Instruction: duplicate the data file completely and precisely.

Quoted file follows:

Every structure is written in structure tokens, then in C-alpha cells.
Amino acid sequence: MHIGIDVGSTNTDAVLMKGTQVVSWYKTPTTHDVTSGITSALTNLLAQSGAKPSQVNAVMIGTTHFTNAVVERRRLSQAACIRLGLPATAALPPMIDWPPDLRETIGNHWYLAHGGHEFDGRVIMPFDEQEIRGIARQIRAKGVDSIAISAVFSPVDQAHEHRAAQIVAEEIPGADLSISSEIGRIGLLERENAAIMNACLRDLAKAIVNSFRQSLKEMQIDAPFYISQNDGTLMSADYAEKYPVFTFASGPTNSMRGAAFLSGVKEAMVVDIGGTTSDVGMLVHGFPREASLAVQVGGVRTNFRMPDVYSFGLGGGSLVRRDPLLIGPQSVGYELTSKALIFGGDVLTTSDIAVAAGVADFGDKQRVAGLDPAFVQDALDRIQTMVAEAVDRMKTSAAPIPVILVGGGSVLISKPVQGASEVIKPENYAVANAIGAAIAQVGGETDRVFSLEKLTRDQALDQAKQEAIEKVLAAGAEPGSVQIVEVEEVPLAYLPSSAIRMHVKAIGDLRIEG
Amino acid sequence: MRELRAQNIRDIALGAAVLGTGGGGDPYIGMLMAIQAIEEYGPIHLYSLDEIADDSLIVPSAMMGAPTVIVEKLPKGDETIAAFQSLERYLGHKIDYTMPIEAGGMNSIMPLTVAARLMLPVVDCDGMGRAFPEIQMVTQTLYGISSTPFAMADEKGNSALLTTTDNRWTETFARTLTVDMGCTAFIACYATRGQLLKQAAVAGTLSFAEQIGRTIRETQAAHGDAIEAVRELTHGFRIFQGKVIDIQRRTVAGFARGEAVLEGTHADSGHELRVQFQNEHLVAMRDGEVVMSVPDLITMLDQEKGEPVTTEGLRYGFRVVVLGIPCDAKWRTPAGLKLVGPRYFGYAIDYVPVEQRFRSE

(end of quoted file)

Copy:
Every structure is written in structure tokens, then in C-alpha cells.
Amino acid sequence: MHIGIDVGSTNTDAVLMKGTQVVSWYKTPTTHDVTSGITSALTNLLAQSGAKPSQVNAVMIGTTHFTNAVVERRRLSQAACIRLGLPATAALPPMIDWPPDLRETIGNHWYLAHGGHEFDGRVIMPFDEQEIRGIARQIRAKGVDSIAISAVFSPVDQAHEHRAAQIVAEEIPGADLSISSEIGRIGLLERENAAIMNACLRDLAKAIVNSFRQSLKEMQIDAPFYISQNDGTLMSADYAEKYPVFTFASGPTNSMRGAAFLSGVKEAMVVDIGGTTSDVGMLVHGFPREASLAVQVGGVRTNFRMPDVYSFGLGGGSLVRRDPLLIGPQSVGYELTSKALIFGGDVLTTSDIAVAAGVADFGDKQRVAGLDPAFVQDALDRIQTMVAEAVDRMKTSAAPIPVILVGGGSVLISKPVQGASEVIKPENYAVANAIGAAIAQVGGETDRVFSLEKLTRDQALDQAKQEAIEKVLAAGAEPGSVQIVEVEEVPLAYLPSSAIRMHVKAIGDLRIEG
Amino acid sequence: MRELRAQNIRDIALGAAVLGTGGGGDPYIGMLMAIQAIEEYGPIHLYSLDEIADDSLIVPSAMMGAPTVIVEKLPKGDETIAAFQSLERYLGHKIDYTMPIEAGGMNSIMPLTVAARLMLPVVDCDGMGRAFPEIQMVTQTLYGISSTPFAMADEKGNSALLTTTDNRWTETFARTLTVDMGCTAFIACYATRGQLLKQAAVAGTLSFAEQIGRTIRETQAAHGDAIEAVRELTHGFRIFQGKVIDIQRRTVAGFARGEAVLEGTHADSGHELRVQFQNEHLVAMRDGEVVMSVPDLITMLDQEKGEPVTTEGLRYGFRVVVLGIPCDAKWRTPAGLKLVGPRYFGYAIDYVPVEQRFRSE